Saturday, January 14, 2012

John 11 46 to 57

46 But some of them went their ways to the Pharisees, and told them what things Jesus had done.
47 Then gathered the chief priests and the Pharisees a council, and said, What do we? for this man doeth many miracles.
48 If we let him thus alone, all men will believe on him: and the Romans shall come and take away both our place and nation.
49 And one of them, named Caiaphas, being the high priest that same year, said unto them, Ye know nothing at all,
50 Nor consider that it is expedient for us, that one man should die for the people, and that the whole nation perish not.
51 And this spake he not of himself: but being high priest that year, he prophesied that Jesus should die for that nation;
52 And not for that nation only, but that also he should gather together in one the children of God that were scattered abroad.
53 Then from that day forth they took counsel together for to put him to death.
54 Jesus therefore walked no more openly among the Jews; but went thence unto a country near to the wilderness, into a city called Ephraim, and there continued with his disciples.
55 And the Jews' passover was nigh at hand: and many went out of the country up to Jerusalem before the passover, to purify themselves.
56 Then sought they for Jesus, and spake among themselves, as they stood in the temple, What think ye, that he will not come to the feast?
57 Now both the chief priests and the Pharisees had given a commandment, that, if any man knew where he were, he should shew it, that they might take him.

Key Observation:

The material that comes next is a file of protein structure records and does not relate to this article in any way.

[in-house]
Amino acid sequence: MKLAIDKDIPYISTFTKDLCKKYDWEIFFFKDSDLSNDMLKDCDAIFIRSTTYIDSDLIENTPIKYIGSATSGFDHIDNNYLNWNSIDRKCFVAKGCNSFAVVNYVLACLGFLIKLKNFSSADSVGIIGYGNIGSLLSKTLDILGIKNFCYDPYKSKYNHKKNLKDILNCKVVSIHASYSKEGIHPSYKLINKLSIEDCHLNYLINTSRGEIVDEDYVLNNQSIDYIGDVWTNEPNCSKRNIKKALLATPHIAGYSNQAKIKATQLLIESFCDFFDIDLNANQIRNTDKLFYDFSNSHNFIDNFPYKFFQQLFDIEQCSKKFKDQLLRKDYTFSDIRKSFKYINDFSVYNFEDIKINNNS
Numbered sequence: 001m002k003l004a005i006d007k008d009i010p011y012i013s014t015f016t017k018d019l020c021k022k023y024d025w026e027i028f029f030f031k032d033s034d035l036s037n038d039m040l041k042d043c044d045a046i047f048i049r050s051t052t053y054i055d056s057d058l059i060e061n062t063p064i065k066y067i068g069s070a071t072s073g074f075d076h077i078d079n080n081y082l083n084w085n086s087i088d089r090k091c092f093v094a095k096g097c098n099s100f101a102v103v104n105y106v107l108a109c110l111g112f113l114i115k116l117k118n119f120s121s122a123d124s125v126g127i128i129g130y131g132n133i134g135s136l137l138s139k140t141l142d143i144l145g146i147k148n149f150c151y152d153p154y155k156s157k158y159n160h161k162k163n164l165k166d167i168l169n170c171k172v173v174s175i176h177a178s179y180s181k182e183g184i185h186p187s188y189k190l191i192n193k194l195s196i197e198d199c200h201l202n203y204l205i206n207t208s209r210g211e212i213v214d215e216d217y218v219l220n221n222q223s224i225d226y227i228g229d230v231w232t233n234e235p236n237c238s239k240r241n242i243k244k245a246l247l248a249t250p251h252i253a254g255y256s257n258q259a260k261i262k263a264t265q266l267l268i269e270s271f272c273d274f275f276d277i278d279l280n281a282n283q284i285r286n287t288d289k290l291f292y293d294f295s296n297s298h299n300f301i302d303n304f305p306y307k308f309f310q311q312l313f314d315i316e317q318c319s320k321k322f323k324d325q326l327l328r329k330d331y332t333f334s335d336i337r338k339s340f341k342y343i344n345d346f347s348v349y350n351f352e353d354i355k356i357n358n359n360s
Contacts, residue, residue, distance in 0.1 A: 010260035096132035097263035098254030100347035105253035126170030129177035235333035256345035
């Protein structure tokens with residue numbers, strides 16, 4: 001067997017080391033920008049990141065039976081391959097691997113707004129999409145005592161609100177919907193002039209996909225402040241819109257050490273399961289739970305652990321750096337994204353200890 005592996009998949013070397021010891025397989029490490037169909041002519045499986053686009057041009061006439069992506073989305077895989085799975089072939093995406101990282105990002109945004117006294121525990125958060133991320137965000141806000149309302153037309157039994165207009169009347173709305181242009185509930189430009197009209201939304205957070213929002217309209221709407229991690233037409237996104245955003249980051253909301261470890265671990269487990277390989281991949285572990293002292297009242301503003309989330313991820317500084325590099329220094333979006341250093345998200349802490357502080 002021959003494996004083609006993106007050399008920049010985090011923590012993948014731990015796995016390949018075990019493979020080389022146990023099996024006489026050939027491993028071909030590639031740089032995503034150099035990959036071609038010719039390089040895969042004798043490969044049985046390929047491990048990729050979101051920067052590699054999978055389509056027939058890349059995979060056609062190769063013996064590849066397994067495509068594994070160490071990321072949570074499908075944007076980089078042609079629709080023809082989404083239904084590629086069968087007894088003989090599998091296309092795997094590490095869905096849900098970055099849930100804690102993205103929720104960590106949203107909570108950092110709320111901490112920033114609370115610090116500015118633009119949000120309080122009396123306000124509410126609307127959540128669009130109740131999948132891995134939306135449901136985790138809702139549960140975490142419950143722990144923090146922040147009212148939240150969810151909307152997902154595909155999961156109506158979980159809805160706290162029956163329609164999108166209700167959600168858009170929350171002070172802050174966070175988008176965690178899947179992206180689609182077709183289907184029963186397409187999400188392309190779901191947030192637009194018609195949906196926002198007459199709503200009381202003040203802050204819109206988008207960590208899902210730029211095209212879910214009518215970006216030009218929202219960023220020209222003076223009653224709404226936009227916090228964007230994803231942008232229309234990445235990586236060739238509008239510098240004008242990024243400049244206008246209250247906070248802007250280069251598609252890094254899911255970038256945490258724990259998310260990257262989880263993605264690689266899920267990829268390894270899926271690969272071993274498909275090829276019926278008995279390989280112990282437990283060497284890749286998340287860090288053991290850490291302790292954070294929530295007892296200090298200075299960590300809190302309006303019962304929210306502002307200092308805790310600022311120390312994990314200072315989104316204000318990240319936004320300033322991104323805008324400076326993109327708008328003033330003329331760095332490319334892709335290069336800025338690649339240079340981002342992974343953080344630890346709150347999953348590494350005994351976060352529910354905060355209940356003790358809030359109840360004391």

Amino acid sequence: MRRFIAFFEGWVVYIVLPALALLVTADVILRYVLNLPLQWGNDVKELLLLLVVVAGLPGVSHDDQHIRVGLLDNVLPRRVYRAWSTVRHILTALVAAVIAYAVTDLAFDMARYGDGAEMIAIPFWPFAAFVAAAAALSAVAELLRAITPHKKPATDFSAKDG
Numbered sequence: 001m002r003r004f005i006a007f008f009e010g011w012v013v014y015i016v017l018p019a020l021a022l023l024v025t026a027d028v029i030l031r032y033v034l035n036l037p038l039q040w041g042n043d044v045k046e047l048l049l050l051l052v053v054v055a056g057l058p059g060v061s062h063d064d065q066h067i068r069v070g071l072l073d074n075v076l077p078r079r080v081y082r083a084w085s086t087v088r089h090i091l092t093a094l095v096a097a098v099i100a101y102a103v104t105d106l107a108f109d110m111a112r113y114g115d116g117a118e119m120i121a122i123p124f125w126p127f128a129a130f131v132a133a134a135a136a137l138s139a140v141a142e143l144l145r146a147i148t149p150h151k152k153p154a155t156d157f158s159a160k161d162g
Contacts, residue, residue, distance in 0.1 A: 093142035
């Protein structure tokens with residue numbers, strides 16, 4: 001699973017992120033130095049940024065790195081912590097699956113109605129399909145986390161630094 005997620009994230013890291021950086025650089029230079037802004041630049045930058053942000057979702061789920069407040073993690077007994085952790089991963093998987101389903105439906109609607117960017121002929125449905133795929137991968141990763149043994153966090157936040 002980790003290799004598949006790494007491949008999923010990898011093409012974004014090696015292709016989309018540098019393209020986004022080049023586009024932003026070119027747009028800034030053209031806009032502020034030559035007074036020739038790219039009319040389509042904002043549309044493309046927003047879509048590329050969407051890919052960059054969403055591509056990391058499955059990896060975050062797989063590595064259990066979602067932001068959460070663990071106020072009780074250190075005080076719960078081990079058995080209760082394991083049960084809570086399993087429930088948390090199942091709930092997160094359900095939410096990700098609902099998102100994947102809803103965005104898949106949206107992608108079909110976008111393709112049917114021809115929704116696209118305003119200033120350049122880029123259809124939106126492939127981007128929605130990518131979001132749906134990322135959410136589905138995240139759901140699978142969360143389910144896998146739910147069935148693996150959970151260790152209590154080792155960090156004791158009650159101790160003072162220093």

Caiaphas foretells that one person should die for the whole nation, illustrating God’s exact will being done as free and evil choices are being made by men.

The plan to kill Jesus is becoming sharply honed and defined. I need to remember the context when reading these verses. Having read Ezra this morning, I do remember the greatest danger to Israel again and again. Their top religious leaders were replaced frequently by the kings who had overtaken them. In some cases, the very legitimate kings of Israel were deposed by their attackers, and replaced with puppet kings. Jerusalem belonged to other nations, and at the time of Christ, belonged as a part of the Roman Empire. Those who captured Jerusalem were always to find the Jewish spirit to be unconquerable; time and again the Jewish resistance would come to fruition. Six hundred years had gone by since Nebuchadnezzar had destroyed Jerusalem, but Rome was going to find it necessary to destroy Jerusalem yet again. Josephus tells of over one million Jews being killed in A.D. 70, with as many as 500 per day being crucified, often in different positions to please the whims of the soldiers.

It was this kind of atmosphere that Caiaphas was speaking to; I find it marvelous that God used the very words of Caiaphas to foreshadow and predict the suffering of my Savior. Jesus laid down his life, the Bible teaches, and no one takes it from Him. Yet, the very plans of many wicked men was to do precisely that, and when I read John, I see many times when Jesus seems to escape death, only to allow Himself to be betrayed and taken at the very end.